In many ways, ESS present ideal use cases for ML applications because the problems being addressed—like climate change, weather forecasting, and natural hazards assessment—are globally important; the data are often freely available, voluminous, and of high quality; and computational resources required to develop ML models are steadily becoming more affordable. Free computational languages and ML code libraries are also now available (e.g., scikit-learn, PyTorch, and TensorFlow), contributing to making entry barriers lower than ever. Nevertheless, our experience has been that many young scientists and students interested in applying ML techniques to ESS data do not have a clear sense of how to do so. The Tools of the Trade
An ML algorithm can be thought of broadly as a mathematical function containing many free parameters (thousands or even millions) that takes inputs (features) and maps those features into one or more outputs (targets). The process of “training” an ML algorithm involves optimizing the free parameters to map the features to the targets accurately. Books and classes about ML often present a range of algorithms but leave people to imagine specific applications of these algorithms on their own.Books and classes about ML often present a range of algorithms that fall into one of the above categories but leave people to imagine specific applications of these algorithms on their own. However, in practice, it is usually not obvious how such approaches (some seemingly simple) may be applied in a rich variety of ways, which can create an imposing obstacle for scientists new to ML. Below we briefly describe various themes and ways in which ML is currently applied to ESS data sets (Figure 1), with the hope that this list—necessarily incomplete and biased by our personal experience—inspires readers to apply ML in their research and catalyzes new and creative use cases.
Applications in Earth and Space Sciences Fig. 1. Ten ideas for applying machine learning (ML) in the Earth and space sciences, roughly organized by the degree of involvement of physics-based models (horizontal scale) and the degree to which ML codes are available and readily applicable versus being in development and requiring significant customization (vertical scale). Credit: Jacob Bortnik
1. Pattern Identification and Clustering
Supervised learning is more commonly used in ESS, although it has the disadvantage that it requires labeled data sets (in which each training input sample must be tagged, or labeled, with a corresponding output target), which are not always available. Unsupervised learning, on the other hand, may find multiple structures in a data set, which can reveal unanticipated patterns and relationships, but it may not always be clear which structures or patterns are “correct” (i.e., which represent genuine physical phenomena). There are two broad categories of ML algorithms relevant in most ESS applications: supervised and unsupervised learning (a third category, reinforcement learning, is used infrequently in ESS). Supervised learning, which involves presenting an ML algorithm with many examples of input-output pairs (called the “training set”), can be further divided, according to the type of target that is being learned, as either categorical (classification; e.g., does a given image show a star cluster or not?) or continuous (regression; e.g., what is the temperature at a given location on Earth?). In unsupervised learning, algorithms are not given a particular target to predict; rather, an algorithm’s task is to learn the natural structure in a data set without being told what that structure is.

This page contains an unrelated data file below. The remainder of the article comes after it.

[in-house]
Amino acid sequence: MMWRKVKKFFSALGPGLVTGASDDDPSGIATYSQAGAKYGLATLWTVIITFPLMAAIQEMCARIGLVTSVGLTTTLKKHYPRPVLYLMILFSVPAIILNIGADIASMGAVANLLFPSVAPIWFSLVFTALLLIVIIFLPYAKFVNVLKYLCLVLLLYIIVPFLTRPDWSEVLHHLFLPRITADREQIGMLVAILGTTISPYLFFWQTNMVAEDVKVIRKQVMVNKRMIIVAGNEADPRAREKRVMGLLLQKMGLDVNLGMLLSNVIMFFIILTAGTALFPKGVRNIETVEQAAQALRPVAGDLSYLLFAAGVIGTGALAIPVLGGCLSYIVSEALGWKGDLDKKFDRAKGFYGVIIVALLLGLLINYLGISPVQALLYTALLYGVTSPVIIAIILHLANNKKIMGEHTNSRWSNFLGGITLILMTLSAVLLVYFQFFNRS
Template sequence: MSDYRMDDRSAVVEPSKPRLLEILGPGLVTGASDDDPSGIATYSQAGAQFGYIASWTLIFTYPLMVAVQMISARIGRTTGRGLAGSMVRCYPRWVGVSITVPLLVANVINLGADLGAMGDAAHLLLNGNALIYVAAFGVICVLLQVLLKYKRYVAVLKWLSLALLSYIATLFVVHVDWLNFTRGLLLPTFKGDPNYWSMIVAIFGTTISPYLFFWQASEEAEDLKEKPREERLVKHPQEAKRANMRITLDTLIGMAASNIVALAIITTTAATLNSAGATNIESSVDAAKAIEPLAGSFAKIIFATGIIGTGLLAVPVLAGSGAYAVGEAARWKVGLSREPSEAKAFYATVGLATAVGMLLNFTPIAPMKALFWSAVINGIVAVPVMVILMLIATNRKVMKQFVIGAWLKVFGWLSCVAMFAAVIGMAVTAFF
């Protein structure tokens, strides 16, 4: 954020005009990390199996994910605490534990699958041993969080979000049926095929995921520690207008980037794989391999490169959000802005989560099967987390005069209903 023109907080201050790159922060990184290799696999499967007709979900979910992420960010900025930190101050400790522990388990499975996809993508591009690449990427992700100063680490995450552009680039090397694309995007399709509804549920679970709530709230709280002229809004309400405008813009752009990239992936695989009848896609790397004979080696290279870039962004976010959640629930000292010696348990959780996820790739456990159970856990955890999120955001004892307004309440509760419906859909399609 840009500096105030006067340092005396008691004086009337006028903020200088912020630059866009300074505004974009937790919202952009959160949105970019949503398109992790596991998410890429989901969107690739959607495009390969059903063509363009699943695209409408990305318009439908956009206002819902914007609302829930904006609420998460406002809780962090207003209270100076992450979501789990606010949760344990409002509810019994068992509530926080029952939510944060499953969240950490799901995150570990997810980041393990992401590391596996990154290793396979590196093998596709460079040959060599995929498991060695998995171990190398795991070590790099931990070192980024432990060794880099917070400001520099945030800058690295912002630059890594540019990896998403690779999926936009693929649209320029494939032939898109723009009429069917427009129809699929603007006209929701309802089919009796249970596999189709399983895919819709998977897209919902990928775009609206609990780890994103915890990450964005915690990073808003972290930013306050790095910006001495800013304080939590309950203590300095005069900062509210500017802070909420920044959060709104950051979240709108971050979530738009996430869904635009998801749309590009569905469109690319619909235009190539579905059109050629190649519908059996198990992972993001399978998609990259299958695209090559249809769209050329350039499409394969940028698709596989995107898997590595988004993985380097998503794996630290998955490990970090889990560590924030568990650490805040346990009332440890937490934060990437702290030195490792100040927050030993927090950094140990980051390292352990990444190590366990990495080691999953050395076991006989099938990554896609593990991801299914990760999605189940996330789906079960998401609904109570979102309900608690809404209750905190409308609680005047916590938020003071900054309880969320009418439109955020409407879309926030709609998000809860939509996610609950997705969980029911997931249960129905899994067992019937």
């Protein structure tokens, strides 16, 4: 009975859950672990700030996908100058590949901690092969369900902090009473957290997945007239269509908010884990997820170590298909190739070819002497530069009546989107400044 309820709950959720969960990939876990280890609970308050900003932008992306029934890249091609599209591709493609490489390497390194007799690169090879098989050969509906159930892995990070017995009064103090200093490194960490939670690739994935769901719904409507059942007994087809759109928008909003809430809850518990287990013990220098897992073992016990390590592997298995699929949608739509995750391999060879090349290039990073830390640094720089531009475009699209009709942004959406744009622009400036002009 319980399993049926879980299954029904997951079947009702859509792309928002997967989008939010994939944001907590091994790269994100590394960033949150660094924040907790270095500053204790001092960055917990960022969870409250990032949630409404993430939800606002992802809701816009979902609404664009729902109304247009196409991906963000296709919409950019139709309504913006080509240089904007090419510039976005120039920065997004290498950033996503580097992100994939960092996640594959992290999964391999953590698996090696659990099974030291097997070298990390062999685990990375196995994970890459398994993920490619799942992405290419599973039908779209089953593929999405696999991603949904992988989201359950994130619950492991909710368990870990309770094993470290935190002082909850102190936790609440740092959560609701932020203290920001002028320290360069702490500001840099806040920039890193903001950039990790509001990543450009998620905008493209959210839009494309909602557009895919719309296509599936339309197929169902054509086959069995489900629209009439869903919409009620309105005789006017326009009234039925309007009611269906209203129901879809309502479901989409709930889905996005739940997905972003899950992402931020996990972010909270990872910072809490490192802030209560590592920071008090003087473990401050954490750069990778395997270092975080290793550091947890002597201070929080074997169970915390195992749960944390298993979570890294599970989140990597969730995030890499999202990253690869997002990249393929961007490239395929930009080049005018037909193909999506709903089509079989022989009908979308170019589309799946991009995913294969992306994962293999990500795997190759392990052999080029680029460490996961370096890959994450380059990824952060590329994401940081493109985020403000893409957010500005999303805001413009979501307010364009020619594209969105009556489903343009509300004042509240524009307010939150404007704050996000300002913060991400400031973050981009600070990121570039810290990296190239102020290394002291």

Conversely, atypical signals may be teased out of data by first identifying and excluding typical signals, a process called anomaly or outlier detection. This technique is useful, for example, in searching for signatures of new physics in particle collider experiments. One of the simplest and most powerful applications of ML algorithms is pattern identification, which works particularly well with very large data sets that cannot be traversed manually and in which signals of interest are faint or highly dimensional. Researchers, for example, applied ML in this way to detect signatures of Earth-sized exoplanets in noisy data making up millions of light curves observed by the Kepler space telescope. Detected signals can be further split into groups through clustering, an unsupervised form of ML, to identify natural structure in a data set.
In many instances, however, predicting a single time series of data is insufficient, and knowledge of the temporal evolution of a physical system over regional (or global) spatial scales is required. This spatiotemporal approach is used, for example, in attempts to predict weather across the entire globe as a function of time and 3D space in high-capacity models such as deep neural networks. 2. Time Series and Spatiotemporal Prediction An important and widespread application of supervised ML is the prediction of time series data from instruments or from an index (or average value) that is intended to encapsulate the behavior of a large-scale system. Approaches to this application often involve using past data in the time series itself to predict future values; they also commonly involve additional inputs that act as drivers of the quantities measured in the time series. A typical example of ML applied to time series in ESS is its use in local weather prediction, with which trends in observed air temperature and pressure data, along with other quantities, can be predicted.
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